There were two main issues to my mind.
The first was that in the washing up room, water tended to flow past my floor drain and pool at the opposite end of the room instead. As distasteful as the notion was, the only proper solution that I could see was to bend to the will of gravity, rather than fight it. As such, I purchased the fittings to install a third drain in the sauna (one in the steam room, and two in the washing up room).
Cursing inwardly and warning my friend J! that I would be crabby for the duration, I slipped on my musty overalls and squirmed under the sauna to investigate my situation.
In short order I managed to cut in a hole to access the floor where I wanted the drain, and installed it with surprisingly little fuss. It was a bit of a challenge to cut and glue and set up the ABS pipe underneath the sauna, but I had experience with this from all my adventures during last winter.
A new drain was installed in about an hour - not bad!
This led me to the second sauna problem I had to address - the floor itself.
Initially I had thought of treating the sauna floor with a product known as "Stone Effects". This is a sort of roll-on stone coating that looked to fit the bill perfectly.
While in the paint aisle, I happened upon another product called ReStore - a really thick, textured paint designed to go over wood and concrete, sealing it from the elements. It was able to be applied in one or two coats and at a far better price point than the three step "Stone Effects" system.
At first it looked great, but after a short while, it began to flake off, especially in areas where the water was meant to flow. Very annoying! As time went on, it progressively became more and more gritty, until it was nearly impossible to clean, or walk on without feeling like you were just walking in dirt or (charitably) sand. I took to wearing sandles at all times.
J! and his family graciously scraped off as much of this product as they could one day while I was away at work, but there were sections that stubbornly DID stay attached to the floor.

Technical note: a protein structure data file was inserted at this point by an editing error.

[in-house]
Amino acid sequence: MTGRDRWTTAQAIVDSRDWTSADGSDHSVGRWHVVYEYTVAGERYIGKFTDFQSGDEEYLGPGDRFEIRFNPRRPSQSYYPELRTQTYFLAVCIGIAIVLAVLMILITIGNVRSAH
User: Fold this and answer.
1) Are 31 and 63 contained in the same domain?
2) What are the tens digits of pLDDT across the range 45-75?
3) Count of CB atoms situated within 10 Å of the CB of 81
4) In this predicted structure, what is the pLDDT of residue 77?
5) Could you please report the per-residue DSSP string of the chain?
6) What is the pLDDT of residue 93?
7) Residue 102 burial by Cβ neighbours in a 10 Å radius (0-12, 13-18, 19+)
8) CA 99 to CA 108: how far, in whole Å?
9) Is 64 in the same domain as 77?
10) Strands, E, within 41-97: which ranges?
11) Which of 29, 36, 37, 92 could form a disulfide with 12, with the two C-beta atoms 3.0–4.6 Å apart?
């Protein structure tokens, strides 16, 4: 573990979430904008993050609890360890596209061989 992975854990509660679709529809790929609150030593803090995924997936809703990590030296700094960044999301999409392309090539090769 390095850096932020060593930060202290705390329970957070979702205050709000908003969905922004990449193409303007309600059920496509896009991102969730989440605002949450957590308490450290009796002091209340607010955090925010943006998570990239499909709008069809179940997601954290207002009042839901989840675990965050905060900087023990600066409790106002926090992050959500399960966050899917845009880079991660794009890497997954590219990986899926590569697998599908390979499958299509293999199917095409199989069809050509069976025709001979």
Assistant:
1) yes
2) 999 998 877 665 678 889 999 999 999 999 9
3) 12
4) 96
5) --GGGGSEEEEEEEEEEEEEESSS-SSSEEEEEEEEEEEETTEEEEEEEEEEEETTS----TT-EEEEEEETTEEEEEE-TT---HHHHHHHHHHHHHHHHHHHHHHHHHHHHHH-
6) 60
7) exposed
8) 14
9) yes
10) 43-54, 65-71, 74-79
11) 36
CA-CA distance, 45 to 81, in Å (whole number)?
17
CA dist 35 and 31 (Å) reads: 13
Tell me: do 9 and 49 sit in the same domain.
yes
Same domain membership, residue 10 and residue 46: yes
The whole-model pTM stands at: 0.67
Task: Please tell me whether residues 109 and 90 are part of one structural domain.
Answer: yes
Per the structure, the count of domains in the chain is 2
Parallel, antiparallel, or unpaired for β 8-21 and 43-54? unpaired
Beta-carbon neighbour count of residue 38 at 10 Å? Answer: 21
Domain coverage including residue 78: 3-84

Donna and I then decided to apply Thompson's Water Seal to the entire surface, and then perhaps hide it away under some rubber or plastic mats.
While installing the new drain though, I realized that the old drains were now slightly raised above the surface of the floor (they were flush with the ReStore flooring, which had flaked away around the drains, leaving them noticeably higher than the surrounding floor).
With much struggle, I realized that removing and reinstalling them flush was going to be a large undertaking. Instead, I finally decided to copy Grandpa's sauna - where he had mixed up a layer of concrete which he spread over all the wet areas of his building.
I headed off to town again (!) and returned the water seal product unopened, and left with six bags of parging mix.
There was still plenty of day left, so I mixed them up in the wheelbarrow and J! and I set to work.
He tackled the corner of the washing up room, while I headed straight into the steam room. It was a good job - I tried not to be too fussed on making it appear totally flat, just as long as it was smooth and sloped generally towards the drain.
J! decided to take on a big portion of things, bigger than his bucket could handle. This led to the incident.
After a short while, J!'s wife, L! came out to ask if she could try. Eventually all the kids took a turn, and then L! finished off the job by parging herself into the door frame.
It has been drying out for two days now, and hasn't cracked during the drying process. I will keep my fingers crossed that the floor is stable enough to keep it in one piece. If not, I will likely have to patch it as needed, or perhaps silicone over any defects. I also plan on looking into sealing the entire surface.
I can't express enough thanks to J! and L! for their help on this! It has been a real blessing to have them here this summer - they will be sorely missed when they leave for warmer climes.